On Saturday November 11th, around 40 people attended the Wood Allotments and Community Woodlands Workshop at Risley Moss Local Nature Reserve, Warrington. The Mersey Forest’s director, Paul Nolan, gave a warm welcome and brief overview of the day’s agenda before introducing the speakers. First to speak were the Woodland Trust’s Rachael Cranch and Kerry Clarke, who explained the Trust’s Community Woodland Northern Pilot Project and emphasised the significance of the Tree Charter.
To follow on from Rachael and Kerry, we were treated to an insight into Scottish community woodlands, provided by Angela Williams. Angela, who is a director of Community Land Scotland, gave a fascinating background to the politics and progress of community woodland ownership in Scotland. Angela also spoke about the individual experiences of two ongoing community woodland projects, including remote, community-owned woodland managed by the Knoydart Forest Trust, part of the Knoydart Foundation, which she serves as development manager.
A series of talks by different community woodland groups from across the Mersey Forest ensued. This included a rich variety of circumstances and perspectives. Alan Redley spoke about the work being undertaken by Friends of Anderton and Marbury, a volunteer group who support the ranger service in managing Northwich Woodlands, and who have been operating a wood allotment group since 2012.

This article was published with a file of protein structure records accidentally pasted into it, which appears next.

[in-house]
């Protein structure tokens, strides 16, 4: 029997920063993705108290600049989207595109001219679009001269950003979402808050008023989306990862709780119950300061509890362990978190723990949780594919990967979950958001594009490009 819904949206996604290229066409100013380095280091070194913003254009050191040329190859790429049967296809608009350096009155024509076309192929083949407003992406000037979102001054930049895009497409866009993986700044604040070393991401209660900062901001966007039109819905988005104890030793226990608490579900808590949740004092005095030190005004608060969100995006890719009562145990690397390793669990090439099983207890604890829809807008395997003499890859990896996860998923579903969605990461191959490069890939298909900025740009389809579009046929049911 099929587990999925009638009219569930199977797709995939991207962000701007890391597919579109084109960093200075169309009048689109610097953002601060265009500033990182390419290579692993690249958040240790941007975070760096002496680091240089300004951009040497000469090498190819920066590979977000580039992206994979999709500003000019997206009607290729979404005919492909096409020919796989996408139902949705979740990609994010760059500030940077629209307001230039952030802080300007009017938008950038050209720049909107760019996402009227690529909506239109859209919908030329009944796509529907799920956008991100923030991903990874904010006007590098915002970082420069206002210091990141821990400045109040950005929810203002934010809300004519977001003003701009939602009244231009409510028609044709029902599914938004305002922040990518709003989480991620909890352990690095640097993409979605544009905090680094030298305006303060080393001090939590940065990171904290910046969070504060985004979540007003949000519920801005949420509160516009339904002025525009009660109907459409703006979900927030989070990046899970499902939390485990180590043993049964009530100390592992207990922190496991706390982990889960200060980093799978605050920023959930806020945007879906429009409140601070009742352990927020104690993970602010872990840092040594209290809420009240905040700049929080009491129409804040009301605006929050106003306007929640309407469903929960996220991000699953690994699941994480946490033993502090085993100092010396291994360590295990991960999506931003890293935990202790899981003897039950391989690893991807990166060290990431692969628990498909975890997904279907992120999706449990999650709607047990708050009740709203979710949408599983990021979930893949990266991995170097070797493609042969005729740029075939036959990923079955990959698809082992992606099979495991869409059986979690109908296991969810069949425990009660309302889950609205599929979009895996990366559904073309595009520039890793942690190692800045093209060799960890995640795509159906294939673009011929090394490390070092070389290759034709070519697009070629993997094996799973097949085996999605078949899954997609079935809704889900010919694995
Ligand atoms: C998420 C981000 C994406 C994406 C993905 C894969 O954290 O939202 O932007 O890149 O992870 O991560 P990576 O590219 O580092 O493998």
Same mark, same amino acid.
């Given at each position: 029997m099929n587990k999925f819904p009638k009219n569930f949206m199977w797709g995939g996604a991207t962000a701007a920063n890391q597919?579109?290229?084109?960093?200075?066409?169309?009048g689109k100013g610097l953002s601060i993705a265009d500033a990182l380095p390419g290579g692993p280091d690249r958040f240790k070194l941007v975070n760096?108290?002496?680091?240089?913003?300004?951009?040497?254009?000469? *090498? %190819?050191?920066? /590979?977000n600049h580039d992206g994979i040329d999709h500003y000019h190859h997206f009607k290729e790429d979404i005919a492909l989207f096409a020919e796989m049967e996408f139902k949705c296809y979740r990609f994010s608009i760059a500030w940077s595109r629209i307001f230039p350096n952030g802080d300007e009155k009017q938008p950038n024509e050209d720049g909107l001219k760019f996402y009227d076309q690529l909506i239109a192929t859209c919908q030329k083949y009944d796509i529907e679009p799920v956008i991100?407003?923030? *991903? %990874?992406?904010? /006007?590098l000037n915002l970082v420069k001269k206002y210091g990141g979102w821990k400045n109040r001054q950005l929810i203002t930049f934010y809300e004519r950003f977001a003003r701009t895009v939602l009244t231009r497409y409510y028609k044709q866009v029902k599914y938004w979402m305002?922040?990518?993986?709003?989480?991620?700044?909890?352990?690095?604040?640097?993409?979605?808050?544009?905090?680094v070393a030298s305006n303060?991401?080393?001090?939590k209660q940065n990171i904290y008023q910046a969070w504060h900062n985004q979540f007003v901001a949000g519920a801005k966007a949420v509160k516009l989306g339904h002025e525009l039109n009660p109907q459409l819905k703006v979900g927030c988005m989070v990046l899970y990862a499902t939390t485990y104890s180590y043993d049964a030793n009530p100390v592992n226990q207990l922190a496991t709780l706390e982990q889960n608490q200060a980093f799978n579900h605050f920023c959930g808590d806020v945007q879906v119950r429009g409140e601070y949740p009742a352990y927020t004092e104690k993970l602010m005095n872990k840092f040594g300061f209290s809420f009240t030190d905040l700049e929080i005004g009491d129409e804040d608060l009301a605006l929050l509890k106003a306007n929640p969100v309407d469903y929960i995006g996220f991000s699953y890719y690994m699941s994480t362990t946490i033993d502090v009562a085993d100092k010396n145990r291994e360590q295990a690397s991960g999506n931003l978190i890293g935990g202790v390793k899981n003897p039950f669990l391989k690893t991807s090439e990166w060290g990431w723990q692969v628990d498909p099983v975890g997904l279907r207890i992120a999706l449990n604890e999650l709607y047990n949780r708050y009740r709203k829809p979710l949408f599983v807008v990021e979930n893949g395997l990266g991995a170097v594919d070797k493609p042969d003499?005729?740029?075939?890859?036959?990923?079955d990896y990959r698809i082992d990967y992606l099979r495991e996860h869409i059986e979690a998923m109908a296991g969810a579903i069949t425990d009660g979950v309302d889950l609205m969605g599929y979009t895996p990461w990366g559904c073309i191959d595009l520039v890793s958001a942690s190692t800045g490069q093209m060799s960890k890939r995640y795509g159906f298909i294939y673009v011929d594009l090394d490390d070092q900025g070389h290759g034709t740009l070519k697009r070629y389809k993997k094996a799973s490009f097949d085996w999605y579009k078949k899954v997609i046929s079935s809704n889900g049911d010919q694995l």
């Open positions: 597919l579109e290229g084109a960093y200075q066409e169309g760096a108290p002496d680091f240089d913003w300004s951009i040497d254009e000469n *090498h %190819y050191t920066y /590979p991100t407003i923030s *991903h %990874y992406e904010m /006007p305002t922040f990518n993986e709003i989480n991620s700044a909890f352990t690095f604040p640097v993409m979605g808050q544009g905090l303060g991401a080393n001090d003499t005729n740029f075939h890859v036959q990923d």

Kevin O Hanlon and Jan Baird, from Friends of Mill and Alder Wood, talked about the challenges and rewards of managing an ancient semi-natural woodland in Speke, south Liverpool. Brian Newall and Jonathan Halstead then described the establishment process behind wood allotment groups, based upon their experiences in helping to develop Sefton Wood Allotments Association. Finally, Graham Sweet from Church Wood Conservation Group gave an account of their 20 years of woodland management at the Woodland Trust site in Whitegate, Cheshire.
With our packed lunches firmly in hand, the day was rounded off with a site visit to Spud Wood, near Lymm. When we arrived, Spud Wood’s site manager, Neil Oxley (Woodland Trust), provided us all with a background to the site. We were then introduced to Jo Yellen from the Friends of Spud Wood CIC Wood Allotment Group, who spoke in detail about the establishment and operational methodology behind wood allotments at Spud Wood. After a short walk over the canal and into the wood itself, we were shown the remarkable improvements that wood allotments have made to the health of the wood. We also had the opportunity to see some allotment members in action, as they weaved their wheelbarrows through the wood to collect their logs.
Back at Risley Moss, attendees shared contact details and had a cup of coffee for the road. Everybody seemed to consider the event a success, and this success was due in no small part to the input and active engagement by each individual. We would like, therefore, to thank all of those who came, and to express our gratitude in particular to the speakers.